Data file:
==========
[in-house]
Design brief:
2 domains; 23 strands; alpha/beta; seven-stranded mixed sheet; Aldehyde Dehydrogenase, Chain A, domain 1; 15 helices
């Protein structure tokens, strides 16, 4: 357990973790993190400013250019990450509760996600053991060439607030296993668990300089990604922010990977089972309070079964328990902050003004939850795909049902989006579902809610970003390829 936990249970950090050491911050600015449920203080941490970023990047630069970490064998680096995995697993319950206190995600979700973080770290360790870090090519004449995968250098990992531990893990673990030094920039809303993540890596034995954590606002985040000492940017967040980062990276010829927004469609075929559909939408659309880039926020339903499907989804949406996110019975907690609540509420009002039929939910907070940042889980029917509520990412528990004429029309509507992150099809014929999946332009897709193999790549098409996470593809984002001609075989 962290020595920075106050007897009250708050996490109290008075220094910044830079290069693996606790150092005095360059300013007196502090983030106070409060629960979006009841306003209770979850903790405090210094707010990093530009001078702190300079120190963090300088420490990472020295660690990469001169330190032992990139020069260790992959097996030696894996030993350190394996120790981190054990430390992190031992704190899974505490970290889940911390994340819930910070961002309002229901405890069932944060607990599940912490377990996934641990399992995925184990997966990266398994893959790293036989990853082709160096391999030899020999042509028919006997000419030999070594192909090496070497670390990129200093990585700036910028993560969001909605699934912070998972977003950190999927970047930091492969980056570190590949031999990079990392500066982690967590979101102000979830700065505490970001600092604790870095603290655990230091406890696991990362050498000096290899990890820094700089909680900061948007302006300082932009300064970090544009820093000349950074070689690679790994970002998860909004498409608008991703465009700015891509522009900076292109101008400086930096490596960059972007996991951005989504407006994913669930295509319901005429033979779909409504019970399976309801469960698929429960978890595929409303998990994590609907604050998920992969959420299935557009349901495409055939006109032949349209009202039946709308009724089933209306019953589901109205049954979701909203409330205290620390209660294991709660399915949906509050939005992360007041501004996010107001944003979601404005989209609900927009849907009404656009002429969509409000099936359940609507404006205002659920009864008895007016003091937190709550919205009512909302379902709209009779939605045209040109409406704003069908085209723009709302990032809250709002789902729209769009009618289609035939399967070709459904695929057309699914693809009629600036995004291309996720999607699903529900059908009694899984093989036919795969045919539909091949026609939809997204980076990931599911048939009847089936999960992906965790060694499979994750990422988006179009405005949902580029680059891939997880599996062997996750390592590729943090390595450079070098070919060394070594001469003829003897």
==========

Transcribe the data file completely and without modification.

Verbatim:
[in-house]
Design brief:
2 domains; 23 strands; alpha/beta; seven-stranded mixed sheet; Aldehyde Dehydrogenase, Chain A, domain 1; 15 helices
């Protein structure tokens, strides 16, 4: 357990973790993190400013250019990450509760996600053991060439607030296993668990300089990604922010990977089972309070079964328990902050003004939850795909049902989006579902809610970003390829 936990249970950090050491911050600015449920203080941490970023990047630069970490064998680096995995697993319950206190995600979700973080770290360790870090090519004449995968250098990992531990893990673990030094920039809303993540890596034995954590606002985040000492940017967040980062990276010829927004469609075929559909939408659309880039926020339903499907989804949406996110019975907690609540509420009002039929939910907070940042889980029917509520990412528990004429029309509507992150099809014929999946332009897709193999790549098409996470593809984002001609075989 962290020595920075106050007897009250708050996490109290008075220094910044830079290069693996606790150092005095360059300013007196502090983030106070409060629960979006009841306003209770979850903790405090210094707010990093530009001078702190300079120190963090300088420490990472020295660690990469001169330190032992990139020069260790992959097996030696894996030993350190394996120790981190054990430390992190031992704190899974505490970290889940911390994340819930910070961002309002229901405890069932944060607990599940912490377990996934641990399992995925184990997966990266398994893959790293036989990853082709160096391999030899020999042509028919006997000419030999070594192909090496070497670390990129200093990585700036910028993560969001909605699934912070998972977003950190999927970047930091492969980056570190590949031999990079990392500066982690967590979101102000979830700065505490970001600092604790870095603290655990230091406890696991990362050498000096290899990890820094700089909680900061948007302006300082932009300064970090544009820093000349950074070689690679790994970002998860909004498409608008991703465009700015891509522009900076292109101008400086930096490596960059972007996991951005989504407006994913669930295509319901005429033979779909409504019970399976309801469960698929429960978890595929409303998990994590609907604050998920992969959420299935557009349901495409055939006109032949349209009202039946709308009724089933209306019953589901109205049954979701909203409330205290620390209660294991709660399915949906509050939005992360007041501004996010107001944003979601404005989209609900927009849907009404656009002429969509409000099936359940609507404006205002659920009864008895007016003091937190709550919205009512909302379902709209009779939605045209040109409406704003069908085209723009709302990032809250709002789902729209769009009618289609035939399967070709459904695929057309699914693809009629600036995004291309996720999607699903529900059908009694899984093989036919795969045919539909091949026609939809997204980076990931599911048939009847089936999960992906965790060694499979994750990422988006179009405005949902580029680059891939997880599996062997996750390592590729943090390595450079070098070919060394070594001469003829003897």